It may only be late August, but the weather has gone right ahead to late November anyway. Driving rain, cold, dull days and overwhelming wet means that we’re really delayed on digging the borders. In between downpours, we’re managing to do little maintenance jobs such as dead-heading here and there, potting on little plants, tidying the border edges and just recently, retraining a climbing rose growing against the fence.
At one end of the side border is planted Rosa Madame Alfred Carrère, a white, fragrant, old-fashioned, Noisette rose planted only last year. I haven’t really been keeping this border watered and despite the competition from all the plants in this border and those on the other side of the fence, the rose has established nicely and even flowered earlier in the year when the weather was warm. As the summer bore on, the rose looked increasingly messy and leggy until we decided to take a morning to untie the rose entirely from the fence and re-tie it to create a new framework.
The result is a graceful curving main stem off which fan several stems that are trained onto the horizontal wires. As the rose is so young, this shape may only last a year of two until the rose matures and begins to throw up mature-sized canes. Rosa Madame Alfred Carrère is a large rose, growing to eight metres tall and the fence is really far too short but I’m hoping I can divert its vertical energies to growing horizontally as the fence is several meters long and I would like this rose to cover most of it.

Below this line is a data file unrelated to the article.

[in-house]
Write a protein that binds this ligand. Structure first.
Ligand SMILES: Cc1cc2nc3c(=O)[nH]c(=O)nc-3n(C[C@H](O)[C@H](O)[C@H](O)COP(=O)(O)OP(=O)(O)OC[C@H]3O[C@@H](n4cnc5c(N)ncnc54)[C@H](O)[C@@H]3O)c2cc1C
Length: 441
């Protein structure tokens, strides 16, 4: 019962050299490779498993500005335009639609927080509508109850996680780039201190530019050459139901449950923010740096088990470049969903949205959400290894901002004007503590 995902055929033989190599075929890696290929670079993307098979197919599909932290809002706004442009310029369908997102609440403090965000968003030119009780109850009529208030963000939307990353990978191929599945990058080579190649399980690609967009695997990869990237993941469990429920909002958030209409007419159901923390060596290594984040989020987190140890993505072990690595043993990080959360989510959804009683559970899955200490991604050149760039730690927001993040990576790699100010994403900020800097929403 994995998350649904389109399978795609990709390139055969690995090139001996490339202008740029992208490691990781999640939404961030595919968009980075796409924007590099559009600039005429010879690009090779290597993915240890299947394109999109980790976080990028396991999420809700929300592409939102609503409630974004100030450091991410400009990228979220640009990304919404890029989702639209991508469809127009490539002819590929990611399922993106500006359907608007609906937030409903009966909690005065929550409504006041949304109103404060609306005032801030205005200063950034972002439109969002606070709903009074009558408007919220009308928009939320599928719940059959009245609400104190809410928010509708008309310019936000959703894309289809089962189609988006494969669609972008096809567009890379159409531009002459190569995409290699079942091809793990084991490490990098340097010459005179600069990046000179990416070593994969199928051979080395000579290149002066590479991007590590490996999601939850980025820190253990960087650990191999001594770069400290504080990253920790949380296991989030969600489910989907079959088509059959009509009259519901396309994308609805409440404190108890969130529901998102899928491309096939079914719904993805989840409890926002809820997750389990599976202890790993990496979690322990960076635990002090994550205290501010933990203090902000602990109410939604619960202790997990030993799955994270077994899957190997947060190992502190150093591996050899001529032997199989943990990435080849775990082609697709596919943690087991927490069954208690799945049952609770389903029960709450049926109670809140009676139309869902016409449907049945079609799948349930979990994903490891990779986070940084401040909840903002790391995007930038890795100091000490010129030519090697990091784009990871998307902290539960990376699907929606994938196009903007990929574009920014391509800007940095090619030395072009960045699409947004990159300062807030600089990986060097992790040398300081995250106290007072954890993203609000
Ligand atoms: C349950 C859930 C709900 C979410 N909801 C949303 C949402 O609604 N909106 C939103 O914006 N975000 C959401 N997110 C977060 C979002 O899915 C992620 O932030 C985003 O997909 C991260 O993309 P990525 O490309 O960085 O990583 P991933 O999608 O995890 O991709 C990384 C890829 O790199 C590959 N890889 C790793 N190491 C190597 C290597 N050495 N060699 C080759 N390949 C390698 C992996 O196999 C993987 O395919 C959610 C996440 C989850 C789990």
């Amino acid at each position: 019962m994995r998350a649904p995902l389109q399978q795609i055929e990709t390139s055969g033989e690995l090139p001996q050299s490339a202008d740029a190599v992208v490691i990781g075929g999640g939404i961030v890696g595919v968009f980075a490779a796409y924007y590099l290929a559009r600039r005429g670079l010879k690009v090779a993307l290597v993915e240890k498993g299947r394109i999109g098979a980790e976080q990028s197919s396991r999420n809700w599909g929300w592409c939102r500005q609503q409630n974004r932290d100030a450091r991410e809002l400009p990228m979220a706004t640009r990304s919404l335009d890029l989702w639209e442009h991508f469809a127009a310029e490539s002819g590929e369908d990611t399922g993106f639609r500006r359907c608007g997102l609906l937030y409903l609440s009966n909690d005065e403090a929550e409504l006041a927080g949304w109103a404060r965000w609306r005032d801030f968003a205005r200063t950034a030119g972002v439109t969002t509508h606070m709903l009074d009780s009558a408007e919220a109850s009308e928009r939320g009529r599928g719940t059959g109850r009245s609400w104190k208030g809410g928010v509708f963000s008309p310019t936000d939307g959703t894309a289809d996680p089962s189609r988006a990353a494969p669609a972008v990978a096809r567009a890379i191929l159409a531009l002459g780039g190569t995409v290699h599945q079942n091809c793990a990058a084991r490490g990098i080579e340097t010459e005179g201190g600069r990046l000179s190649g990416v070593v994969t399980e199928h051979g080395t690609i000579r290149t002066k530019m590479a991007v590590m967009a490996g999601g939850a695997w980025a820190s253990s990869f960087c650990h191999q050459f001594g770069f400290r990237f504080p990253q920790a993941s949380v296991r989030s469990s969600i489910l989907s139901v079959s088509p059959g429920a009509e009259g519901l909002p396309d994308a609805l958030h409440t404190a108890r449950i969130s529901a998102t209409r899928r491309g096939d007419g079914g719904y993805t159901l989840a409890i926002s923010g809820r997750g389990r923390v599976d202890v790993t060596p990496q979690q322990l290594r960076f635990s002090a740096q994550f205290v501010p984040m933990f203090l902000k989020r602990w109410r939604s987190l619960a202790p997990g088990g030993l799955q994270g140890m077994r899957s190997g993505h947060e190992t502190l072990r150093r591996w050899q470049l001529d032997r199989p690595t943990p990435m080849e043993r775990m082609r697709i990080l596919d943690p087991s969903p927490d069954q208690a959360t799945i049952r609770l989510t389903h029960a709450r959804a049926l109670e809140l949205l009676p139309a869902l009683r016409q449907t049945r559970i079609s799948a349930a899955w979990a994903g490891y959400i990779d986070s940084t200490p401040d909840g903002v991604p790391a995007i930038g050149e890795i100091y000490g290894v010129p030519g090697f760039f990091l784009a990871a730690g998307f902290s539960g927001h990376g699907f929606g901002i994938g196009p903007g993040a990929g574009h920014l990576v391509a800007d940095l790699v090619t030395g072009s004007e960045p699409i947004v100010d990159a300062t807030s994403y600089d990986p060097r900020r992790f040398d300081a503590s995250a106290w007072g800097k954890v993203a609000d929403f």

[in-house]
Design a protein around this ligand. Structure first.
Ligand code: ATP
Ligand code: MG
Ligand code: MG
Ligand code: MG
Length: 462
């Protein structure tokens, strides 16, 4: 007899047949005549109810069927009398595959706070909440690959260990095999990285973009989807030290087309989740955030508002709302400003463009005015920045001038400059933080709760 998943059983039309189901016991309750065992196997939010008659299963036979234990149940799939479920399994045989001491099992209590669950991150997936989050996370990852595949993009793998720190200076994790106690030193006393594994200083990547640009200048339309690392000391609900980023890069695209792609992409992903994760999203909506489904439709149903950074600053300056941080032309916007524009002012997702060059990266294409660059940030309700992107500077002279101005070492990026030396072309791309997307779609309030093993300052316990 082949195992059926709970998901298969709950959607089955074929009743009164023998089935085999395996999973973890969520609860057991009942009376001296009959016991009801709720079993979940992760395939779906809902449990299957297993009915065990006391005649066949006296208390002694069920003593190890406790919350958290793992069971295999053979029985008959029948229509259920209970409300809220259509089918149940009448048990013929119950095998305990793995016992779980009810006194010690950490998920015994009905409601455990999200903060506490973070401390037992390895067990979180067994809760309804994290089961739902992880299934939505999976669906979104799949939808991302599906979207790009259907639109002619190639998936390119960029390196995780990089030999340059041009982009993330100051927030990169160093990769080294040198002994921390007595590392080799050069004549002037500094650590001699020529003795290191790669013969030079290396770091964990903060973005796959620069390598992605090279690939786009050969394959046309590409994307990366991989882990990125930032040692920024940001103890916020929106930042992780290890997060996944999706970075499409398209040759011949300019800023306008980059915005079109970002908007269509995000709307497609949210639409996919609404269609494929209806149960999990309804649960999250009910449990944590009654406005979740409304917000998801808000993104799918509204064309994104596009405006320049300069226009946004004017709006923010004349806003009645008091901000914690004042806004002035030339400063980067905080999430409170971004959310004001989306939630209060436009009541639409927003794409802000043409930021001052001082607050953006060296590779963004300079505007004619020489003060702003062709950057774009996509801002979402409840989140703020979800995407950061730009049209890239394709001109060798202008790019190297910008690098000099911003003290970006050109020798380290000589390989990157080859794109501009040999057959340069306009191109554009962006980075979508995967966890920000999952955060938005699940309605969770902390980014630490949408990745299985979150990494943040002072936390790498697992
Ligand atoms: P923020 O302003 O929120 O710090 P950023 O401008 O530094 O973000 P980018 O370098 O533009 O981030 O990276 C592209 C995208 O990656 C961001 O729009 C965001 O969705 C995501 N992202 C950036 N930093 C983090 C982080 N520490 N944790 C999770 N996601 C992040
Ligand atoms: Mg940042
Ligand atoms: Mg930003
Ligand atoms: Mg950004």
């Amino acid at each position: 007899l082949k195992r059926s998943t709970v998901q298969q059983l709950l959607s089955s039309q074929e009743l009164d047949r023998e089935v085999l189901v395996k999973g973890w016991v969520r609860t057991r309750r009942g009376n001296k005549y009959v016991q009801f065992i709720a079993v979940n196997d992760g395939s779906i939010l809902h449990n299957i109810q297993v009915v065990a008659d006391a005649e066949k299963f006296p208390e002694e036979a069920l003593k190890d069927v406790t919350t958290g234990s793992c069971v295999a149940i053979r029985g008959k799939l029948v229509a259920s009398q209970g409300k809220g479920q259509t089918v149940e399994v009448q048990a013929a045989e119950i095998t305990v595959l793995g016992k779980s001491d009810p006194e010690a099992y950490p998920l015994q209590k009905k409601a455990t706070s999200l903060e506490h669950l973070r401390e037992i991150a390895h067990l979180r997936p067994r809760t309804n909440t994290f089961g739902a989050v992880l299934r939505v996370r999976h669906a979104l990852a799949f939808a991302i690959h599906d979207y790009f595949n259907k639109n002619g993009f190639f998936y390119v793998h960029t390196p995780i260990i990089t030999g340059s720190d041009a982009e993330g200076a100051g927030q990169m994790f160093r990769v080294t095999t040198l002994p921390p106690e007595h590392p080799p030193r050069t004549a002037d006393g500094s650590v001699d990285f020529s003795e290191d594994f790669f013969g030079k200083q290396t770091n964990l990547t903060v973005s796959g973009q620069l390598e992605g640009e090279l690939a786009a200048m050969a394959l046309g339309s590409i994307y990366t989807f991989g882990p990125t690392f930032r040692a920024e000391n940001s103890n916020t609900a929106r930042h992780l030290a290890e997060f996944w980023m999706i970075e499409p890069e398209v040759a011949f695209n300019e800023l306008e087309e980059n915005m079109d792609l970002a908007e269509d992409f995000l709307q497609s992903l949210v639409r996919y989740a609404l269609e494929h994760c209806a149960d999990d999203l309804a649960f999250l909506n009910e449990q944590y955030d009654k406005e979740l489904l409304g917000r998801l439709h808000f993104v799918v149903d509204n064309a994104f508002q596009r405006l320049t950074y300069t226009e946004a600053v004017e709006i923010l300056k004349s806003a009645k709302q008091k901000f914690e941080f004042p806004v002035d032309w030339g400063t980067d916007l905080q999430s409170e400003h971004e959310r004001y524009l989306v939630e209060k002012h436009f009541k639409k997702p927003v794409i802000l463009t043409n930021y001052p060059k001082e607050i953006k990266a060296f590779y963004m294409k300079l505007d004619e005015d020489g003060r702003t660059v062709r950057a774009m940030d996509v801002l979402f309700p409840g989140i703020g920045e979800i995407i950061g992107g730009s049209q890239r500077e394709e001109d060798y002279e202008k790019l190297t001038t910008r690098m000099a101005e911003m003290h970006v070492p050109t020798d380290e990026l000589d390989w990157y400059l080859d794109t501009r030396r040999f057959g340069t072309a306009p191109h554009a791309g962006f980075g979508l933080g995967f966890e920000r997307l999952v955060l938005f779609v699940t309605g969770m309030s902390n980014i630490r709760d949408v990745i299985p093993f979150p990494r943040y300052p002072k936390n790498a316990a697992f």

This rose has strong sentimental value in that it reminds us of a favourite National Trust property we used to visit often close by where we used to live. The sweet, almost fruity fragrance of this rose transports me back to when we used to amble about this property and gardens, have picnics on the lawns, eat ice-cream and sit, enjoying the sunshine. There are several plants that are strongly associated with places, memories and experiences and this rose is associated with some of the most dearest. I’m looking forward to seeing this rose grow and establish and flower along the fence, just as a similar one does in a place and time that is now far away.